The rich and the spirit of charity

By Grayson Clarke
0 CommentsPrint E-mail China Daily, August 20, 2010
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Open the newspapers these days and you can hardly avoid reading about the activities of China's super rich - whether it is about the exclusive properties they are buying in London or the activities of their often-spoilt offspring.

One thing you certainly don't read too much about is their giving to good causes. If you do hear about that, it is usually international celebrities such as Jackie Chan or Yao Ming, who are leading the way. Contrast this with the situation in the United States where billionaire financier Warren Buffett has just finished a one-month campaign with 40 American billionaires pledging half of their personal wealth to charity.

I think, and of course, we shouldn't jump to conclusions. The appeals for help following the Wenchuan and Yushu earthquakes were very well supported and I am sure there were plenty of contributions from rich individuals. I also don't think we should make too much of a contrast with the US.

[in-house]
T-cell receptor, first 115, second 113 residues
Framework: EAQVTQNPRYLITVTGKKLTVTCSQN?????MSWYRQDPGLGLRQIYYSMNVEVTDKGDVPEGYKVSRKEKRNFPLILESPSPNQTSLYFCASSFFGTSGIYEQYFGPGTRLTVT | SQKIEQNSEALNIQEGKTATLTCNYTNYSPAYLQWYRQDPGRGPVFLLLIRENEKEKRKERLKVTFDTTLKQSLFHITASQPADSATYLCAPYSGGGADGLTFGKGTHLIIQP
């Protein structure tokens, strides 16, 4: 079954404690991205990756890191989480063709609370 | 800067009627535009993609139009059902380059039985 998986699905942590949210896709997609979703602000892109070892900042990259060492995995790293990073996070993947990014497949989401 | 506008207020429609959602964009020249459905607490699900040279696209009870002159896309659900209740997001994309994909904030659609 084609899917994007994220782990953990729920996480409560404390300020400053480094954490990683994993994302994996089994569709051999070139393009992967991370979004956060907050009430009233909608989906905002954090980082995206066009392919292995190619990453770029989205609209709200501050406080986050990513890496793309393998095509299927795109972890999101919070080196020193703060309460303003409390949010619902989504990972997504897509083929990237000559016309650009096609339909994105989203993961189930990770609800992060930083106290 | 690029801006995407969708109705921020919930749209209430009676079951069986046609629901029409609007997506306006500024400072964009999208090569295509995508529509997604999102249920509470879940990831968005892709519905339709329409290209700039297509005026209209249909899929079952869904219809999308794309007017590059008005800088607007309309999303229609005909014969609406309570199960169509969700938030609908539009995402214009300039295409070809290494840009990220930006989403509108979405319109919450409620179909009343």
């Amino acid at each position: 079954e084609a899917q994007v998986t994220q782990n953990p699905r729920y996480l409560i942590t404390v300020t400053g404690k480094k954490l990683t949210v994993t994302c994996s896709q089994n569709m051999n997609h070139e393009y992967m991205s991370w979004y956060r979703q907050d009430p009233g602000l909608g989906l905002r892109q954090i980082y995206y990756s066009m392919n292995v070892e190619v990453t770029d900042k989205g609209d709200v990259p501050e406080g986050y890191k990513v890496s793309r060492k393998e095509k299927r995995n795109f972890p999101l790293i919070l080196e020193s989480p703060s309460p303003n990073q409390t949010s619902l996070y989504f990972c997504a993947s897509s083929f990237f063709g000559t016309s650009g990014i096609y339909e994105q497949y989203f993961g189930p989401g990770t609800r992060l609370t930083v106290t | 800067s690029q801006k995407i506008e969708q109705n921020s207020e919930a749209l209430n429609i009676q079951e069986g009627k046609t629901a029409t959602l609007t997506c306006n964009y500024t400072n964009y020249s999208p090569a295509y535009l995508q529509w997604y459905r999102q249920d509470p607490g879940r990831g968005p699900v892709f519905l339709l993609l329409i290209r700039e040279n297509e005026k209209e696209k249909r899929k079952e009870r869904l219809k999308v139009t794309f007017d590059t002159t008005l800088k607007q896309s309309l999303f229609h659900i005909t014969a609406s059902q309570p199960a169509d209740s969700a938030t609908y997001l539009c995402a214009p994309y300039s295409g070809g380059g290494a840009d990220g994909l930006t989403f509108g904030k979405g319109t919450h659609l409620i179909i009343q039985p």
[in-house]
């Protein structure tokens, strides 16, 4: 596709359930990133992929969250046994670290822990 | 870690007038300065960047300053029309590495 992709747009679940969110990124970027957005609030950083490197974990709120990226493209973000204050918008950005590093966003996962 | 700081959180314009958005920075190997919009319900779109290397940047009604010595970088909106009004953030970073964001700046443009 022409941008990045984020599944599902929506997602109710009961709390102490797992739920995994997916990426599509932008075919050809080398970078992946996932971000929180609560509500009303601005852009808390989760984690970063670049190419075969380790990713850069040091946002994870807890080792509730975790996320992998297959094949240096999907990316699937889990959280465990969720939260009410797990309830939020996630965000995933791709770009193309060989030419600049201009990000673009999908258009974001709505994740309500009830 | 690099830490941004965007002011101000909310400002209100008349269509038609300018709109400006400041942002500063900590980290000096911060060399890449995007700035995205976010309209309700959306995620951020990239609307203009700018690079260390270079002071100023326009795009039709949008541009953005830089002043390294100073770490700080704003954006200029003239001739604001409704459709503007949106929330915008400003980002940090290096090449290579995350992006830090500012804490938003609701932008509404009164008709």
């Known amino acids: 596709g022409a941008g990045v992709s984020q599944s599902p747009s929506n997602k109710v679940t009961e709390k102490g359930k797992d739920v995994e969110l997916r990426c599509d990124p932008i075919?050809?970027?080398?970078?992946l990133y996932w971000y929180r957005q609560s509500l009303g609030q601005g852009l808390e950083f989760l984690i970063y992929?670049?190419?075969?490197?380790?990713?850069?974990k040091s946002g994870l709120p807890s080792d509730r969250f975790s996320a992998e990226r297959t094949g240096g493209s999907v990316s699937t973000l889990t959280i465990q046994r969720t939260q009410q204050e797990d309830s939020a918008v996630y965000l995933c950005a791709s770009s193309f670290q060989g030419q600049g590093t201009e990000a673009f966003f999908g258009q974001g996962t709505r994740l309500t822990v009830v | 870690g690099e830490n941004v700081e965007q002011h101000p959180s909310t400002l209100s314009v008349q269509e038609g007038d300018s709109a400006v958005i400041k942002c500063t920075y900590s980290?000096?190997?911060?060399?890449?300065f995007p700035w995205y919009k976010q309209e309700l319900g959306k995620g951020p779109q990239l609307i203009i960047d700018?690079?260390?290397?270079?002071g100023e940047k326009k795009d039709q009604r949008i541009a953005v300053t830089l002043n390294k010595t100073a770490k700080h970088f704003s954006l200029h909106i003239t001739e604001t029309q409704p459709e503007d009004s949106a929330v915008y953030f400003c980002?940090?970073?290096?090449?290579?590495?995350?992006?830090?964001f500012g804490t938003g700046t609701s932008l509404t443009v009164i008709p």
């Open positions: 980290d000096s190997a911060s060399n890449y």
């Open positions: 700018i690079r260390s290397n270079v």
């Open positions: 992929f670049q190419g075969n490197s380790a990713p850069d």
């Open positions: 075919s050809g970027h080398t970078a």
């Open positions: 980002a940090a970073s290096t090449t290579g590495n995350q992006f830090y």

Pledges are pledges after all and even if they do happen, these people (never mind the ones who didn't subscribe) will still be very rich. They have also benefited more than any other group from the financial and tax reform of the past three decades, which have increased the gap between rich and poor across the developed world.

Still the charitable sector is extremely important in doing many of the important things the State simply can't afford to or in some cases cannot do very well. To have a thriving sector means that the basis of donations needs to be wide.

And that means those who can well afford to pay setting an example for the millions of ordinary people whose few yuan will be every bit as important as the millions contributed by rich individuals. So why aren't the Chinese super rich setting more such examples for their fellow citizens?

I don't think inheritance tax or death duties (or the lack of them in China) are a reason. In the world of numerous tax havens and no exchange controls the super rich in all societies are well able to structure their affairs to avoid these taxes. Rather I think the attitude comes down to a combination of reasons.

One of the important issues in the design of Chinese social security, which we in the EU-China Social Security Reform Cooperation Project take into account, is building on the culture of individual savings and the importance of being able to leave those savings to family heirs.

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